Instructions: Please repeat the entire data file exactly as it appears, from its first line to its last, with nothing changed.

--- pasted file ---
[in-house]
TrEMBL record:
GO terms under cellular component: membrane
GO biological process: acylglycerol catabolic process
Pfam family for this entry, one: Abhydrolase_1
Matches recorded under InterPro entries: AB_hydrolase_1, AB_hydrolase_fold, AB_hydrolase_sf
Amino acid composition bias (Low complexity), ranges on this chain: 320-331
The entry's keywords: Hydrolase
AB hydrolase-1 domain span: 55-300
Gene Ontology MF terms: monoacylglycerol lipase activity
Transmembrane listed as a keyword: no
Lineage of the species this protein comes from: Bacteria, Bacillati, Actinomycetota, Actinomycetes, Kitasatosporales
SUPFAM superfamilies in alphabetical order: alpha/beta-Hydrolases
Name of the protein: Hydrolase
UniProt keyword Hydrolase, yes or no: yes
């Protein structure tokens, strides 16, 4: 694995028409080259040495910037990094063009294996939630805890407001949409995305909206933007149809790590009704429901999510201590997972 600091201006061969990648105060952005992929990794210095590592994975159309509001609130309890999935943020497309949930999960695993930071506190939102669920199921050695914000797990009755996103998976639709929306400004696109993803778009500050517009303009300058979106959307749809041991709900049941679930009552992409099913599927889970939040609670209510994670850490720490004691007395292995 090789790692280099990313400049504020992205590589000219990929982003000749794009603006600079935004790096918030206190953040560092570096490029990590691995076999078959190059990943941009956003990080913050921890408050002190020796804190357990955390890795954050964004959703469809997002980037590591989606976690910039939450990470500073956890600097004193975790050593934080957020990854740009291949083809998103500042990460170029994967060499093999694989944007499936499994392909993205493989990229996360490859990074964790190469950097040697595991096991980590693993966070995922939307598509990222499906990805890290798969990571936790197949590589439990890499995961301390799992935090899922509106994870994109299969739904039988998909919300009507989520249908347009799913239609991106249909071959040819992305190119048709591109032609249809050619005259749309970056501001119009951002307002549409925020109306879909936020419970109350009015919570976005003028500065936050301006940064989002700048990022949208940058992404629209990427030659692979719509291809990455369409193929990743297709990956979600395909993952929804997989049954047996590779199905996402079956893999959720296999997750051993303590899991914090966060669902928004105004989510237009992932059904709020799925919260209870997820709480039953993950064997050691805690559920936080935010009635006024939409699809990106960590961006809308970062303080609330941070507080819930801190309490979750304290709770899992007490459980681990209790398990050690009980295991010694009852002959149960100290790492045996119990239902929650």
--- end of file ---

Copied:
[in-house]
TrEMBL record:
GO terms under cellular component: membrane
GO biological process: acylglycerol catabolic process
Pfam family for this entry, one: Abhydrolase_1
Matches recorded under InterPro entries: AB_hydrolase_1, AB_hydrolase_fold, AB_hydrolase_sf
Amino acid composition bias (Low complexity), ranges on this chain: 320-331
The entry's keywords: Hydrolase
AB hydrolase-1 domain span: 55-300
Gene Ontology MF terms: monoacylglycerol lipase activity
Transmembrane listed as a keyword: no
Lineage of the species this protein comes from: Bacteria, Bacillati, Actinomycetota, Actinomycetes, Kitasatosporales
SUPFAM superfamilies in alphabetical order: alpha/beta-Hydrolases
Name of the protein: Hydrolase
UniProt keyword Hydrolase, yes or no: yes
């Protein structure tokens, strides 16, 4: 694995028409080259040495910037990094063009294996939630805890407001949409995305909206933007149809790590009704429901999510201590997972 600091201006061969990648105060952005992929990794210095590592994975159309509001609130309890999935943020497309949930999960695993930071506190939102669920199921050695914000797990009755996103998976639709929306400004696109993803778009500050517009303009300058979106959307749809041991709900049941679930009552992409099913599927889970939040609670209510994670850490720490004691007395292995 090789790692280099990313400049504020992205590589000219990929982003000749794009603006600079935004790096918030206190953040560092570096490029990590691995076999078959190059990943941009956003990080913050921890408050002190020796804190357990955390890795954050964004959703469809997002980037590591989606976690910039939450990470500073956890600097004193975790050593934080957020990854740009291949083809998103500042990460170029994967060499093999694989944007499936499994392909993205493989990229996360490859990074964790190469950097040697595991096991980590693993966070995922939307598509990222499906990805890290798969990571936790197949590589439990890499995961301390799992935090899922509106994870994109299969739904039988998909919300009507989520249908347009799913239609991106249909071959040819992305190119048709591109032609249809050619005259749309970056501001119009951002307002549409925020109306879909936020419970109350009015919570976005003028500065936050301006940064989002700048990022949208940058992404629209990427030659692979719509291809990455369409193929990743297709990956979600395909993952929804997989049954047996590779199905996402079956893999959720296999997750051993303590899991914090966060669902928004105004989510237009992932059904709020799925919260209870997820709480039953993950064997050691805690559920936080935010009635006024939409699809990106960590961006809308970062303080609330941070507080819930801190309490979750304290709770899992007490459980681990209790398990050690009980295991010694009852002959149960100290790492045996119990239902929650």